VIRTUAL Workshop on Redundancy in Bridges for Risk Mitigation in a Multi-Hazard Environment

July 21, 2020 & July 28, 2020  10:00 AM to 4:00 PM EST
Organized by:
  • Dr. Anil K. Agrawal (The City College of New York)
  • Dr. Sherif El-Tawil (University of Michigan)
  • Dr. Baidurya Bhattacharya (IIT Kharagpur, India)
  • Dr. Hani Nassif (Rutgers University)
Sponsored by:
Federal Highway Administration (FHWA)
FHWA Contacts
  • Mr. Waider Wong (Waider.Wong@dot.gov)
TAKING PLACE
 
OPEN SESSIONS
PRESENTATION SESSIONS
July 21, 2020, 10:00 AM - 4:00 PM EST
July 28, 2020, 10:00 AM - 12:05 PM EST
Asynchronous Session: 
July 21-July 28, 2020 (Electronic Discussion Board)
BY INVITATION ONLY
AASHTO Session:
July 23, 2020 (only for AASHTO Members)
Breakout Sessions:
July 28, 2020 (1:00 PM - 2:30 PM EST)
Location: Online (TBD)
Bridge redundancy as a hazard mitigation tool?

 

Recent collapse of several bridges, such as the I-35 truss bridge in Minneapolis in 2007, Ponte Morandi cable stayed bridge in Genoa, Italy, in 2018, Florida International University Pedestrian Bridge in 2018 and Nanfang'ao steel single-arch bridge in Taiwan in 2019, have highlighted the importance of the role of redundancy in the safety of bridges.  The purpose of this virtual workshop is to identify needs and gaps in the current state-of-the-art / practice on different aspects of redundancy, which is defined as “the quality of a bridge that enables it to perform its design function in the damaged state”. The commentary of the AASHTO LRFD Bridge Design Specification (C.1.3.2.1) notes that the current approach of incorporating redundancy in bridge design is “arbitrary” and "subjective”.  The use of redundancy as a means for hazard mitigation in the event of loss of a critical member has also not been explored in the current framework.  Current simulation technology has advanced to the point where it can be used for assessing the effect of member criticality on the overall system collapse response.  This approach is more rational and objective for assessing redundancy in critical and important bridges, but particularly for long-span bridges which are critical assets. There is therefore an urgent need for an open forum discussion through a workshop for assessing the current framework on redundancy and identifying the gaps and challenges, and future research priorities.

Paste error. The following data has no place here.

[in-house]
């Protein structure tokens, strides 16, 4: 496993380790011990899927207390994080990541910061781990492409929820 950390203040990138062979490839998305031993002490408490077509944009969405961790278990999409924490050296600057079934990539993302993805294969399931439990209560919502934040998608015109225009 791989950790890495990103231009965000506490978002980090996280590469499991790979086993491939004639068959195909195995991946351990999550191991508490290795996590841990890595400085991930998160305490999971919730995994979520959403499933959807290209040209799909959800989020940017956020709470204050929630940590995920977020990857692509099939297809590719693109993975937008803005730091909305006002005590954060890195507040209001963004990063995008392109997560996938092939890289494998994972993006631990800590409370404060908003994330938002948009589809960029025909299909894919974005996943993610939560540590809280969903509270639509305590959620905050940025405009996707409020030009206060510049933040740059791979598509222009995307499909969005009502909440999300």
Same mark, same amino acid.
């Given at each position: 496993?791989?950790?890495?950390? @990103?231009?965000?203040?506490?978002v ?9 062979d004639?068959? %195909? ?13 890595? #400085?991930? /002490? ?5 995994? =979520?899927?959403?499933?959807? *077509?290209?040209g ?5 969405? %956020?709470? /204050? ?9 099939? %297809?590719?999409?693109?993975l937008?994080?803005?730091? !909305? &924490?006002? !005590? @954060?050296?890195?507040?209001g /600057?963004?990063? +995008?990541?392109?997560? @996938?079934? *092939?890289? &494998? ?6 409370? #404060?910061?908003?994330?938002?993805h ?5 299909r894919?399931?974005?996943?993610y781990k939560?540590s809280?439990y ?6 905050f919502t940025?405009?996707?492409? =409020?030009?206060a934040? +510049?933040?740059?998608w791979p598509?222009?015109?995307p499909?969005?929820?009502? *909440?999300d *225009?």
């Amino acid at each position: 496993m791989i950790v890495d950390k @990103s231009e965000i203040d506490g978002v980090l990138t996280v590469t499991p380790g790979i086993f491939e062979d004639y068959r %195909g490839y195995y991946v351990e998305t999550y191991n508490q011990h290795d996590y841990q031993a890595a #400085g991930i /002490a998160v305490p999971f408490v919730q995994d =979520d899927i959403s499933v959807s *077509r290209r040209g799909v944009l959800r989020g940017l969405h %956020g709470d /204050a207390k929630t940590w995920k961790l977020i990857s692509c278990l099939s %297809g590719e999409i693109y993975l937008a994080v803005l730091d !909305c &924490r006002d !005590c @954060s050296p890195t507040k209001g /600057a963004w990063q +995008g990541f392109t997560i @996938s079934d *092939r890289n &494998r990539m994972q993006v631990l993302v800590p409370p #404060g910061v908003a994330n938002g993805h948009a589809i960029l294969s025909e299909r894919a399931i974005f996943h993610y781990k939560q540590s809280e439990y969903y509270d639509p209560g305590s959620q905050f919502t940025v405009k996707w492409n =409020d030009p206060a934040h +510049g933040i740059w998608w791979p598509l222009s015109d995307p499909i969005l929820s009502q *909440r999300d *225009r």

CONTACT US

For questions, email agrawal@ccny.cuny.edu

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